Book: The Man in the High Castle


Science fiction alternate history is quite a specific genre and not one that I have ever read. So it’s been a really interesting experience reading this particular book. I had no idea what I was getting myself into and although I heard of Philip K Dick before, this was my first taste of him.

The Man in the High Castle

This novel is not easy to pin down. There’s so many intertwining storylines and so many different themes are explored that it could become confusing, but it never does. Each character has his or her own voice and uniqueness that remains in the reader’s mind even as we flit from character to character, from situation to situation. Set in a world where the Axis powers won World War II, it paints a fairly realistic picture of what our world would look like. A good deal of care has been poured into the details. I love how each culture is played against the other and how the influences have really shaped the fictional universe. It’s brilliantly well done and draws you in so completely.

Amazing, the power of fiction, even cheap popular fiction, to evoke.

This novel is no crazy overnight bestseller. A winner of the illustrious science fiction Hugo award, when one reads the book, one can understand why.

The beginning of the book takes awhile to get through, it takes to time to absorb everything that you are constantly learning about the world, but it is all worth it. As the pace picks up and intrigues come to light, there’s a mounting excitement as the themes that the author wishes to explore comes to light. There’s a lot of meat in this novel, content that needs time to sink in, content that needs time for reflection before one truly understands. With so much to wrap one’s head around, it came as a surprise when the novel ended as it did. If you have watched the movie inception, then you will probably understand when I say – mindfuck.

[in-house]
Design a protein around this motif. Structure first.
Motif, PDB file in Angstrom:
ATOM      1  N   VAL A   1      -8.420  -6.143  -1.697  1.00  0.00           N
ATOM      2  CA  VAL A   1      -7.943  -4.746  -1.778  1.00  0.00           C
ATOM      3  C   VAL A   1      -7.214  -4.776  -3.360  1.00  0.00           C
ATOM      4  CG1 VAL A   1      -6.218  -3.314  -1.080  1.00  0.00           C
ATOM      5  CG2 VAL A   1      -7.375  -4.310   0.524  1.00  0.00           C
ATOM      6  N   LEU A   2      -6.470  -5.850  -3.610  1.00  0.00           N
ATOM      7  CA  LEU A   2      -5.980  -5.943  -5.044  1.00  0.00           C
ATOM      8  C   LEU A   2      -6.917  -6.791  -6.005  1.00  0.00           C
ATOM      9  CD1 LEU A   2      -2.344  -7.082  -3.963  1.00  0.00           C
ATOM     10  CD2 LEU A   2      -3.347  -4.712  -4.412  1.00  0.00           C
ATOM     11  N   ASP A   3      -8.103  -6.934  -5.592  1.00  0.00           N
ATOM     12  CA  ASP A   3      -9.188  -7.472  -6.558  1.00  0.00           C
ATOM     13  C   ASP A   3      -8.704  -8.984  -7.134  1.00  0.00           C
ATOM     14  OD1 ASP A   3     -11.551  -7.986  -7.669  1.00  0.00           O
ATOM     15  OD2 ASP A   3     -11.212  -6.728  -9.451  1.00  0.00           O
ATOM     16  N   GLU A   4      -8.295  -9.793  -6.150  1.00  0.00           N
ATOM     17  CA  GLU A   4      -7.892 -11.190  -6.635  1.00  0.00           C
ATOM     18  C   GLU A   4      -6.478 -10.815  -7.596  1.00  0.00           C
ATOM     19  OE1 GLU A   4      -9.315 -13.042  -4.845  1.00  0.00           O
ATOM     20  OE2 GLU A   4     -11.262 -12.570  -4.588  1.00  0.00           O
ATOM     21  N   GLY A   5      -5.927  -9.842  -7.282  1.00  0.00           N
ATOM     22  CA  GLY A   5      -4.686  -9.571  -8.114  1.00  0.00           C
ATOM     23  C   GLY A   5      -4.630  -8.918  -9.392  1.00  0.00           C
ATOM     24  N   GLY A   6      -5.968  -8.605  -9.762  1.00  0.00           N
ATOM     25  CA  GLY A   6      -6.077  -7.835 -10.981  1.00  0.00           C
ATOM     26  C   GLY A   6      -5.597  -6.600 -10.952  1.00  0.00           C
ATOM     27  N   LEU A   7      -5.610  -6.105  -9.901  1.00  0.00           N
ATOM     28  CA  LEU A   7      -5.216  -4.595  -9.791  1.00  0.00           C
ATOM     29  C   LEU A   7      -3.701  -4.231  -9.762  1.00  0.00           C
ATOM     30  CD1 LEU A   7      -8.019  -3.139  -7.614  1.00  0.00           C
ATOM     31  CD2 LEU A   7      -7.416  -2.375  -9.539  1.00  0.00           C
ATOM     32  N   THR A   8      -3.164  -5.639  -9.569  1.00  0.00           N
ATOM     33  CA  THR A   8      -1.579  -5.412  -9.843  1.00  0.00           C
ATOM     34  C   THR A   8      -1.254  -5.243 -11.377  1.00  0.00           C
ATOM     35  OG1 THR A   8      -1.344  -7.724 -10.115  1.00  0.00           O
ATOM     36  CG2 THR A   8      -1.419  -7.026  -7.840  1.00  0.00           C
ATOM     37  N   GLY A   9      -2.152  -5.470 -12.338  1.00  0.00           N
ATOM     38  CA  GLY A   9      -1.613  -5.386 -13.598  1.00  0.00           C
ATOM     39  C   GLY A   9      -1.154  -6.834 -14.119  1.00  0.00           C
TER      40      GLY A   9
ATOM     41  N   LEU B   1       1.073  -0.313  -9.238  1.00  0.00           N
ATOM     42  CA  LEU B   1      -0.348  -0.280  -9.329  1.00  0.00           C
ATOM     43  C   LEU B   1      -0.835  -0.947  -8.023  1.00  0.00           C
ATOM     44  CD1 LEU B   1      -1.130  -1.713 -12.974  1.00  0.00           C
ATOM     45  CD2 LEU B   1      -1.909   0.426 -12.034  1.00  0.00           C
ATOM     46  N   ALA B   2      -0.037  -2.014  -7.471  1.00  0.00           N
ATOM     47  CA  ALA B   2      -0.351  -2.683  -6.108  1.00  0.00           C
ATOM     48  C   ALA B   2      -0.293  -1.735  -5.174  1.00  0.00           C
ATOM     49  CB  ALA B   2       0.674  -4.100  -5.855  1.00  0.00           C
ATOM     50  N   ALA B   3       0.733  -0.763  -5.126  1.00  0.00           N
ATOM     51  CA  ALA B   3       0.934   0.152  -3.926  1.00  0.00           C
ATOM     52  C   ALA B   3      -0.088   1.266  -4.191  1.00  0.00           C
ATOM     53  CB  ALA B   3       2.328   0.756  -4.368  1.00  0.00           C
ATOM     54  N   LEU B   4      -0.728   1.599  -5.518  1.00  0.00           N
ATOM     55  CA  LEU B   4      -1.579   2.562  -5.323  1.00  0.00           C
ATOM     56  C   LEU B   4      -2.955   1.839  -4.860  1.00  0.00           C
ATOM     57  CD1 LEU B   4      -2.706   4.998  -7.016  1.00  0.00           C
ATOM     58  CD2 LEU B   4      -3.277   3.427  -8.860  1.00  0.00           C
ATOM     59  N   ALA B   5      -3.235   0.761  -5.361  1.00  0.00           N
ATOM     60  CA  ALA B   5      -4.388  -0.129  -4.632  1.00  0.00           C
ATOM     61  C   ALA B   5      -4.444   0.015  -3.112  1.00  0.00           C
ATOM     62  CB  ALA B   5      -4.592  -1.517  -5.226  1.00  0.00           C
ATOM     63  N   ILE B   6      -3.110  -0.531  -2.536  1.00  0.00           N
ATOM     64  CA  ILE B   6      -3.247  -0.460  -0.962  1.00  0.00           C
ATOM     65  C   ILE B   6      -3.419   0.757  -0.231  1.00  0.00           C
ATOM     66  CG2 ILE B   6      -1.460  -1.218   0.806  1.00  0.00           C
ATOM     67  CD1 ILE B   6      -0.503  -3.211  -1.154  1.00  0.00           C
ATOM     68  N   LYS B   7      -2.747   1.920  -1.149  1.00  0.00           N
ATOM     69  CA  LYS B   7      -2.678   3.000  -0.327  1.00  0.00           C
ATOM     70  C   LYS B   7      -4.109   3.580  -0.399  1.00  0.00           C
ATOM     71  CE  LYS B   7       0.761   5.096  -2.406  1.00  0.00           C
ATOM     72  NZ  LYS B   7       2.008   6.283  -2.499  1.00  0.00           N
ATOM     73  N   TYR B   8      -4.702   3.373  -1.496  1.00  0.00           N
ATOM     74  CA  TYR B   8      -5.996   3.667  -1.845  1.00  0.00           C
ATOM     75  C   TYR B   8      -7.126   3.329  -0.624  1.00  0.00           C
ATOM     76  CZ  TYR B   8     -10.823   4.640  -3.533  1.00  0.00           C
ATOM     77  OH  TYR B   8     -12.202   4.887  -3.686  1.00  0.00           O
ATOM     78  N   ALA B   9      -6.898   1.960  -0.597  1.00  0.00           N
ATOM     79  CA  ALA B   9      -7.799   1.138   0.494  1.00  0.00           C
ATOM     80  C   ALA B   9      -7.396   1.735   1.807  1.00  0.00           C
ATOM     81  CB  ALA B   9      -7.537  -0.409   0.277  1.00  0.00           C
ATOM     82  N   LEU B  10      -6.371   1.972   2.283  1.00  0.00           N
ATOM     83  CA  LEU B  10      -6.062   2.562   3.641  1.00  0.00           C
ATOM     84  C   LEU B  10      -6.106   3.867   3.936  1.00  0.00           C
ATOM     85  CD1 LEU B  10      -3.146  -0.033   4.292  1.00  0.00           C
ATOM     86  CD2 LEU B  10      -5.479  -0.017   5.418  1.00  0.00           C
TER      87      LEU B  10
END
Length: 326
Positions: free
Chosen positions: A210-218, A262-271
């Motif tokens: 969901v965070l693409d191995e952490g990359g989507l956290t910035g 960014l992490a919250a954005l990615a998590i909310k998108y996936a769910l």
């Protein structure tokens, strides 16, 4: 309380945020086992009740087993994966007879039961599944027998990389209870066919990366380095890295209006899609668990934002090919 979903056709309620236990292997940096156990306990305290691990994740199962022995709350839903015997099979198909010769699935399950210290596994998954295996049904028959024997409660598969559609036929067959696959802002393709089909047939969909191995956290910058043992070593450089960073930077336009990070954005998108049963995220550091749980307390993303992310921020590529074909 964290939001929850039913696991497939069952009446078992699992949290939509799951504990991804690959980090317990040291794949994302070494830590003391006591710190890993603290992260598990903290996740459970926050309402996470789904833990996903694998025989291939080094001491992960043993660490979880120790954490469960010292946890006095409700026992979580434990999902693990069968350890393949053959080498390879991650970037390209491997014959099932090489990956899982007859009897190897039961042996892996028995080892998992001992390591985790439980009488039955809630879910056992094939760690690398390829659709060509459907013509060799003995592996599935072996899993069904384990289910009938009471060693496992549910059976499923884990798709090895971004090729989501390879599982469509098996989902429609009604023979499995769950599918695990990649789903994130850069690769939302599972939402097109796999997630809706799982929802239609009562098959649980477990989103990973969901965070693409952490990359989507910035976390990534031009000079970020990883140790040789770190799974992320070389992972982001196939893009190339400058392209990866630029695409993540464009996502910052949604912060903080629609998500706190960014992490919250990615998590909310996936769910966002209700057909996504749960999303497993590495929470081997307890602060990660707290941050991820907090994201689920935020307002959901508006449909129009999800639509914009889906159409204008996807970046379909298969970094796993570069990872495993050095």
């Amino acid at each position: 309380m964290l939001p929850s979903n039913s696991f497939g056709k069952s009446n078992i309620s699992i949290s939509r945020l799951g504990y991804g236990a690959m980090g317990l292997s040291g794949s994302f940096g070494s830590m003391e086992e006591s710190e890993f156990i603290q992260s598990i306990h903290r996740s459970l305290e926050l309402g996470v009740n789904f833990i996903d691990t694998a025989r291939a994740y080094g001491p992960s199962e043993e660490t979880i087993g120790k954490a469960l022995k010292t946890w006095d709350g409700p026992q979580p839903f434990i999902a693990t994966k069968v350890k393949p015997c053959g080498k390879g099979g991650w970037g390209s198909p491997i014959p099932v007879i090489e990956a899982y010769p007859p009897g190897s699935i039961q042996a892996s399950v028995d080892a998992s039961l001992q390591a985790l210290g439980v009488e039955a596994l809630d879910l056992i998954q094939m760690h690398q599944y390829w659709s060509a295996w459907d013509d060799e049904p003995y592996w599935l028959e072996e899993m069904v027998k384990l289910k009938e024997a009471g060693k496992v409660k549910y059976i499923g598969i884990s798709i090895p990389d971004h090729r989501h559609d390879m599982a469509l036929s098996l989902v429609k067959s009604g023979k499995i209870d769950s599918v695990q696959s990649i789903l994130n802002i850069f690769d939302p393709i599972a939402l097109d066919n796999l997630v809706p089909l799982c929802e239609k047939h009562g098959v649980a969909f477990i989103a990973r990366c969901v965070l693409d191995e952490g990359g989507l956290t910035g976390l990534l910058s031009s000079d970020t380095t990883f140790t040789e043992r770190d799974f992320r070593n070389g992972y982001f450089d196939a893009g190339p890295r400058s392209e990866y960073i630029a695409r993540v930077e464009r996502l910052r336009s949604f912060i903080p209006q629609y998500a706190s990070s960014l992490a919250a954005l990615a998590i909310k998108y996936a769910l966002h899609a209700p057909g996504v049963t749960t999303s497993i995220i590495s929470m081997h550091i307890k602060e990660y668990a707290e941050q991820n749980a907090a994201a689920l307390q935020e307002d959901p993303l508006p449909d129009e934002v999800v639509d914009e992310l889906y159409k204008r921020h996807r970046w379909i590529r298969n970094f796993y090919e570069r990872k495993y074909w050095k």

Safe to say, I had no clue what was happening at the end and just went along with the show.

Work the sentences if you wish, so that they will meant something. Or so that they mean nothing.

Perhaps I am reading too much between the lines. A novel should be enjoyed after all, not analyzed word by word to determine what the author was trying to say. That assumes that the author was trying to say something. Perhaps they were not, perhaps it is just a novel that they wrote for people to enjoy.

Yes, the novelist knows humanity, how worthless they are, ruled by their testicles, swayed by cowardice, selling out every cause because of their greed – all he’s got to do is thump on the drum, and there’s his response. And he laughing of course, behind his hand at the effect he gets.

There is a novel within this novel and for some reason I draw some similarities between the authors. Both novels after all are science fiction alternate history. Perhaps Philip K Dick is just playing us, giving us crazy notions and stretching the limits of our reality as well as our imagination. What is real? What is the truth? What is the meaning? These are questions that continually bombard the reader.

With all that said and done, I really enjoyed the ride. I think that it’s well written and there was a sense of connection with the characters. The entire story as a whole was really good, mind-blowingly so. Also there was a mention of Singapore, so perhaps I’m biased already.

I know this review has felt a little confused, I can’t put my feelings and thoughts into words coherently for this particular book. You really have to read it for yourself. I cannot guarantee that you will like it, but at the very least, I think it’s one of the most interesting and eye-opening books I have read this year.

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Comments
4 Responses to “Book: The Man in the High Castle”
  1. Genki Jason says:

    Great review. I was totally sucked into the book and chilled to the bone with its depiction of a Nazi dominated world. The finale was also heart-racing stuff but there was a glimmer of hope at the very end.

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